Tuesday, 26 September 2017

Why I finally took the plunge and delved into the world of AFV scale modelling

For the longest time I couldn't bring myself to work on Armoured Fighting Vehicle (AFV) scale model kits seeing that they represented, above all, human suffering in times of war and conflict. Although scale model kits are supposed to be just a fun and harmless hobby, it's a bit naive to think this remains so when the subject matter are real world machines used to wage war. So I decided to take a long hard look at myself to see what has changed for me. At least enough for me to finally embark on this journey - focusing mostly but not entirely on AFVs from World War II (WWII).

Interest in WWII began innocently enough for a five-year old watching an old syndicated US program Combat! being shown on a local TV channel. Childhood play sessions mimicking the show - of which my poor cousin sister would be roped in as a reluctant medic - focused on the "cool factor" of an imaginary machine gun's rat-tat-tat to the naive acting out of a soldier's death throes - to which said cousin would valiantly try yet fail to save us. I supplemented this fascination with whatever second-hand Commando comics I could get hold of; even taking one to my first day in Kindergarten.

This nascent interest then moved on to pestering questions for my grandmother on what it was like to live during the Japanese invasion of Malaya in 1941. Then it became a little bit scarier, a little bit more real. Long story short, the Japanese occupation of Malaya was full of cruel acts of barbarity. Yet I still watched Combat! and read the comics. But now the nightmares set in. One that I remember vividly involved me being a soldier fighting the Japanese army and it ending badly with my head being decapitated. I also remember running from my room screaming hysterically (cue eye roll).    

Then I became aware of the Cold War and would pack all my worldly possessions - a small box of toys - into the back of a tricycle with a notion to cycle away as the A-bomb dropped. (What can I say? As a child I had an overworked imagination. And too much coffee and sugar but that's another story entirely.) Gradually, I turned this interest towards genuinely finding out why would humans start a world war. I devoured documentaries like The World at War and much later World War II in HD Colour interspersed with 'cinematic' pieces such as The Thin Red Line and Letters from Iwo Jima.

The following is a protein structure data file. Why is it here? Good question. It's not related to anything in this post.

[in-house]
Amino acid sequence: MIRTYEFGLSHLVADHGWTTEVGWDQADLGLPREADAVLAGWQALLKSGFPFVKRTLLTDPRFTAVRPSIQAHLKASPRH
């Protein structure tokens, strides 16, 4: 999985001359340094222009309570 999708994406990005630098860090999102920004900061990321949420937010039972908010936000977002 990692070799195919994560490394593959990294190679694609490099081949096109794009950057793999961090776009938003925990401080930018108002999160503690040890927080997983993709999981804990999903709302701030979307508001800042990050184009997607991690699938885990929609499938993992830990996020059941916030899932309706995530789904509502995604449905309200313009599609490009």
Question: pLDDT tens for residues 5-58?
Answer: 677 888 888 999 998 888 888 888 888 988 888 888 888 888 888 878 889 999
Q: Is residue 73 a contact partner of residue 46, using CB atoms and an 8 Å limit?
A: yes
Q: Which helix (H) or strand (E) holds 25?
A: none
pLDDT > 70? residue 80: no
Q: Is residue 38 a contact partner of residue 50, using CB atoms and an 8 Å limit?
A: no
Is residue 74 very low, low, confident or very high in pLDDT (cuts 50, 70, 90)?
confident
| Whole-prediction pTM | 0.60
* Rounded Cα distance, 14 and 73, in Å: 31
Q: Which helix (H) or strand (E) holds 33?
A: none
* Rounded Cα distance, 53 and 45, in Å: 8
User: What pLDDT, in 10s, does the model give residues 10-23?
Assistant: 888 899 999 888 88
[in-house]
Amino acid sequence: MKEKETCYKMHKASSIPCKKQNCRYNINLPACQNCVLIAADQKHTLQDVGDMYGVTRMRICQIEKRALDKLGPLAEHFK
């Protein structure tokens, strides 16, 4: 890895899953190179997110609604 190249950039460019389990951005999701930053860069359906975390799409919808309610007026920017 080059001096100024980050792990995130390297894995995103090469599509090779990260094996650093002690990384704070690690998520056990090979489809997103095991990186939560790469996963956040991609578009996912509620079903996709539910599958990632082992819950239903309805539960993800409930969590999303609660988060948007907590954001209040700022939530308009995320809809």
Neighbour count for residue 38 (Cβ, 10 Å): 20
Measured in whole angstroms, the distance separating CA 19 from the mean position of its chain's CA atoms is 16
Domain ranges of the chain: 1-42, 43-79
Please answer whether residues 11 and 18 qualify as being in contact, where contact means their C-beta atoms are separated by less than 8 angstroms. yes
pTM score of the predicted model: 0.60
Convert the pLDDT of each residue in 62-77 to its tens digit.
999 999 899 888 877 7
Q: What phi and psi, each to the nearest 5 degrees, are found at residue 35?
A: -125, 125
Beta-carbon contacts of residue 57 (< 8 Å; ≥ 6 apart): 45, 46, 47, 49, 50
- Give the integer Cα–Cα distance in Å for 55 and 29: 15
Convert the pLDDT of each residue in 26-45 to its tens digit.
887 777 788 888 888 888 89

With better understanding I became aware of how a minority of people in power could manipulate circumstances that would eventually lead nations to war. A simplistic explanation that is not wholly-accurate. But one which allows us to remove our blinders and step out of biases in which we all too conveniently label an entire country, race or religion as evil. With better understanding also comes my acceptance that AFV scale mode kits can still remain a fun hobby while serving as important reminders of the past. They need not be a homage to all that's bad about war.

Books also form an important source of knowledge about war. At the moment I'm mesmerized by a personal narrative written by a German soldier about his experiences on the Eastern Front in WWII. Titled The Forgotten Soldier, the book is written under the pseudonym Guy Sajer. From what I understand, it's more a book about a soldier caught up in events bigger than himself rather than an anti-war book. If you are interested there is an old archived review of this book by The New York Times which you can access by clicking this link => http://www.nytimes.com/1971/02/07/archives/the-forgotten-soldier-by-guy-sajer-translated-from-the-french-by.html

The million dollar question is how can one present an AFV vignette or diorama that is tasteful yet informative of the horrors of war. I for one don't believe there is a definitive answer to this. On one extreme of the spectrum are fanboys who wax lyrical about the beauty of an inanimate object of destruction while on the other end are naysayers who believe such instruments of war shouldn't be depicted in any way. In the middle - arguably so - are those who believe depictions in scale are important because it serves as a reminder of a period of immense suffering lest we relive it.

So to answer the question why, I've slowly but surely drifted towards the middle path. At its most basic level, my AFV journey will serve nothing more than to showcase my efforts at painting and weathering scale model kits. Going forward I hope to create vignettes/dioramas that'll raise awareness of conflicts both historical and current. To do so, one must first create a realistic paint job and that is what I'm working towards. The words of philosopher George Santayana never rang truer seeing how events are unfolding globally. The parallels are frightening if only we can see it before it's too late.



  1. I have a lot of respect for hobbyists able to work on many aspects and scales. I know how convenient it is to stay in a safe comfortable zone. ^^

    1. Thank you. That's very kind of you to say so. ^_^


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